Telehealth items would be scrapped so initial specialist consultations only attract Medicare funding when provided face-to-face under the latest MBS revamp being considered by the federal government.
But funding would also be made available for subsequent consultations conducted via telehealth regardless of medium – reversing the government’s decision last year to remove funding for phone services.
The changes have been recommended by the MBS Review Advisory Committee (MRAC), commissioned by Minister for Health Mark Butler to re-examine the full raft of telehealth funding offered under Medicare since the COVID-19 pandemic.
Specialist care has been a particularly contentious area, with items covering phone consults for initial and subsequent attendances and complex initial and subsequent assessments all receiving the axe last July over loud protests from the sector.
However, further changes are needed to “refine the balance of quality and safety”, according to the review, which is currently out for consultation (link here).
It noted uptake of telehealth by specialists continued to be widespread, with phone and video accounting for 11% of all Medicare claims for consultation items in 2022-23.
This was less than GPs, for whom one in every five consults was conducted via telehealth, but around the same as allied health.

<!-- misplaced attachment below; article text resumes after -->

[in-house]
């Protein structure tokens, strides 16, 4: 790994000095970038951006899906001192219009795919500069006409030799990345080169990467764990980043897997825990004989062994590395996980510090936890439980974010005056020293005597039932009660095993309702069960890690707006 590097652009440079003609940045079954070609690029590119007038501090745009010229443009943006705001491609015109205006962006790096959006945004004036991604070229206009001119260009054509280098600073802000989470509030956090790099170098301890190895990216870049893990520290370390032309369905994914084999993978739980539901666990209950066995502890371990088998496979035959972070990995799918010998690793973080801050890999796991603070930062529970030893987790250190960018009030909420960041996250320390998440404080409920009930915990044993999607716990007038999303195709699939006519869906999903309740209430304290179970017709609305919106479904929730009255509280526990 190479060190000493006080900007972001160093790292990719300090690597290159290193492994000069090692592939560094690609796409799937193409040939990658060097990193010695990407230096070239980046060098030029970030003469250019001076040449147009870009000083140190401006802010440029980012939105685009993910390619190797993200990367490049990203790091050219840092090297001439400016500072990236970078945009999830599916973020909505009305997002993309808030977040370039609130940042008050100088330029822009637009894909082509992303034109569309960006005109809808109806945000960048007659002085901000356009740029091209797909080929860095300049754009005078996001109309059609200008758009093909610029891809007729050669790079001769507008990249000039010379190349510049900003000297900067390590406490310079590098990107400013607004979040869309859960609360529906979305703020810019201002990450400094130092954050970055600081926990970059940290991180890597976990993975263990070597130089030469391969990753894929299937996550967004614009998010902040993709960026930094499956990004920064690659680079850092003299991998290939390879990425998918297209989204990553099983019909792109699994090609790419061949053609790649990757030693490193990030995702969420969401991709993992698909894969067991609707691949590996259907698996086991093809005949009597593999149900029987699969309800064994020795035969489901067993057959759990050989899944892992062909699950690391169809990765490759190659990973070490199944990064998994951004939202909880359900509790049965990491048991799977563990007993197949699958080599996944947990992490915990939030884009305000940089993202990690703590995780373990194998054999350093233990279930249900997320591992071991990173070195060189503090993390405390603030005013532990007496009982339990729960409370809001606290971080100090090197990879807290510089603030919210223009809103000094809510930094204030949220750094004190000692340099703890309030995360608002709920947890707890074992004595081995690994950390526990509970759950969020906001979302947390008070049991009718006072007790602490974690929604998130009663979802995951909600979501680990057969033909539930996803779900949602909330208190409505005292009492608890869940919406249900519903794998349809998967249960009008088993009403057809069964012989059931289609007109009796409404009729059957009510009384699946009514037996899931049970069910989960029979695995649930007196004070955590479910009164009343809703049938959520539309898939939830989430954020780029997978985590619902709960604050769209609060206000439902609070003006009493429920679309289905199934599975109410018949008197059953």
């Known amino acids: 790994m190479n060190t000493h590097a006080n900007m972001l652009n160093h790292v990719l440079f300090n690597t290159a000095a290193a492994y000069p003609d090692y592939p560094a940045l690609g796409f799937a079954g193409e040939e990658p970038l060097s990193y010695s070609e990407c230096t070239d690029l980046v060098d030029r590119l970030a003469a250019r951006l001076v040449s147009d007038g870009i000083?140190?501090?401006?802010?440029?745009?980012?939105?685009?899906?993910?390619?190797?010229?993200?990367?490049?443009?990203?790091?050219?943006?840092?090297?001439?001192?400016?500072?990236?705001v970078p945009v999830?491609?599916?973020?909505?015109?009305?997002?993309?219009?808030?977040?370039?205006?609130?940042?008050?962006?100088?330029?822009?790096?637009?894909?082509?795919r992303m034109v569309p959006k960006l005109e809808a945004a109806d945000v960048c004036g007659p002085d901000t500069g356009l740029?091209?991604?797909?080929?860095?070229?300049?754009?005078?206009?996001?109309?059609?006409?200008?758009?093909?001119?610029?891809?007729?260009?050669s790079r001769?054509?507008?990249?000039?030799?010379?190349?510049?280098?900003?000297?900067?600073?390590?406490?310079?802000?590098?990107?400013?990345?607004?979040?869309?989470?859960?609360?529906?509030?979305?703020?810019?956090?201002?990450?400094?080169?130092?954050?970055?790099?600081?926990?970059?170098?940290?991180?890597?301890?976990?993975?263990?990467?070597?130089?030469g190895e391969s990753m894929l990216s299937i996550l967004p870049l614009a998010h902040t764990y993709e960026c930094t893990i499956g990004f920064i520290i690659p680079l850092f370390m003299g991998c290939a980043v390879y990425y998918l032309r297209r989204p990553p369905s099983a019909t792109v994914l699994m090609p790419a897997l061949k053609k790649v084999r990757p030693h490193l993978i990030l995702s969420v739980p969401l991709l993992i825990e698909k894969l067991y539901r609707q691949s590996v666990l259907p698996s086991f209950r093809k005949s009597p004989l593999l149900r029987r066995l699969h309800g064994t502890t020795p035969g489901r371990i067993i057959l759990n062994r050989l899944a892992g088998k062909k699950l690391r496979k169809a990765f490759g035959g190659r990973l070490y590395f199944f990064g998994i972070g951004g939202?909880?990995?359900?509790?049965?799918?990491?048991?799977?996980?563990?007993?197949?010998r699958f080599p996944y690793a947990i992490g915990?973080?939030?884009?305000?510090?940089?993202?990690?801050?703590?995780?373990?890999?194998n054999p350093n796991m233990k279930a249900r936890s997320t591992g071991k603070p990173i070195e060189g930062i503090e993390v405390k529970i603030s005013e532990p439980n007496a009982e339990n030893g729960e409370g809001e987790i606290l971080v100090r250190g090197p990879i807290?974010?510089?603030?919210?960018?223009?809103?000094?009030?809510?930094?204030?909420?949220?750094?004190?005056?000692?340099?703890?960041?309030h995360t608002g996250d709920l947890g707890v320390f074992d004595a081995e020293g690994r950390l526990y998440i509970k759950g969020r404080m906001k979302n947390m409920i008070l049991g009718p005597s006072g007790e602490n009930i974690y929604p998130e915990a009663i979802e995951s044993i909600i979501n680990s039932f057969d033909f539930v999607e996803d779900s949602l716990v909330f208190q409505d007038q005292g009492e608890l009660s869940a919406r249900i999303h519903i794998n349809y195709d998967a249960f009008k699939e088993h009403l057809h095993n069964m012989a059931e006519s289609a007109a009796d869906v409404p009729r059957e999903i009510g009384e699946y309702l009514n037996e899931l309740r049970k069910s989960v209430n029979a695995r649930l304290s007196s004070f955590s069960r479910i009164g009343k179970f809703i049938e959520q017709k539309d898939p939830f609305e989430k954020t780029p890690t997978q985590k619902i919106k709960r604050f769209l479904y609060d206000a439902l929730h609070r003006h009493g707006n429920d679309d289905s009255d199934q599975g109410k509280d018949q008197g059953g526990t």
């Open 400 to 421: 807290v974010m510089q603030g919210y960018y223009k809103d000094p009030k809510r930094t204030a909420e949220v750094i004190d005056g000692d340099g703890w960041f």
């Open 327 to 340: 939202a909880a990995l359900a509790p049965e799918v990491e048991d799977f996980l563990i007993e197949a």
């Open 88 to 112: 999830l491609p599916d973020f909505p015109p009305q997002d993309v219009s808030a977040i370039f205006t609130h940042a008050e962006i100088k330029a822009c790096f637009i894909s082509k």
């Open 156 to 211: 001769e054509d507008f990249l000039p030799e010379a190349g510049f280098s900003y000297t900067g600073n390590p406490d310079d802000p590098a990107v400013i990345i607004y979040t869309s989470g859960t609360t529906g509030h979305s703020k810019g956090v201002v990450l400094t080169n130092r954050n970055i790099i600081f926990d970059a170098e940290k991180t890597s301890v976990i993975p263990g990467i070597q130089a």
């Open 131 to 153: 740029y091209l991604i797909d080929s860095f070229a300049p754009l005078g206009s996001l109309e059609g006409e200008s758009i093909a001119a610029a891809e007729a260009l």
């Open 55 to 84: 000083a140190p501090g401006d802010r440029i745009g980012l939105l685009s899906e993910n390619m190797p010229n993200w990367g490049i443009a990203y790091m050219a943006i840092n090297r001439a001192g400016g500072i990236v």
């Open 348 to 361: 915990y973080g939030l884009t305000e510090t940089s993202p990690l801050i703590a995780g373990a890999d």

In addition, specialists were far more likely to use video, billing video items for 48% of all telehealth consultations compared to GPs who used it just 5% of the time.
The report included a literature review by Bond University which found “no major differences between video and telephone consultations in patient satisfaction, clinical effectiveness or cost-effectiveness”.
Similarly, stakeholders gave strong feedback from different clinical practices that, in many cases, there is no discernable difference in outcome between video and telephone consultations, it said.
Nevertheless, it added: “Despite these research limitations, the MRAC considers it self-evident that video consultations more closely approximate face-to-face consultations than phone consultations, as they give clinicians access to both verbal and non-verbal information.”
“This makes video preferable or necessary in some circumstances, such as with paediatric patients, when diagnosing conditions with visual signs, and whenever observation of the patient is critical.”
But when it came to specialists, the decision on whether to go with phone or video should be up to the clinician’s discretion, the review found.
On the other hand, initial consultations should be made available only face-to-face, given the “telehealth is clearly inadequate when hands-on clinical assessment is needed,” it said.
“The limited research suggests that telehealth can be equivalent to face-to-face care for the management of known conditions of known patients.”
“Telehealth is likely to be less effective for new diagnoses, particularly in cases where clinical information requirements are extensive and/or complex.”
Such a change would also make up for the fact that specialists were not included in the eligibility rules applied to most GP services and required at least one face-to-face consultation every 12 months.
“Requiring an established clinical relationship for non-GP specialist telehealth services would mean individual telehealth consultations as a ‘subsequent’ service only, to ensure continuous, high-value care across these clinician groups,” it said.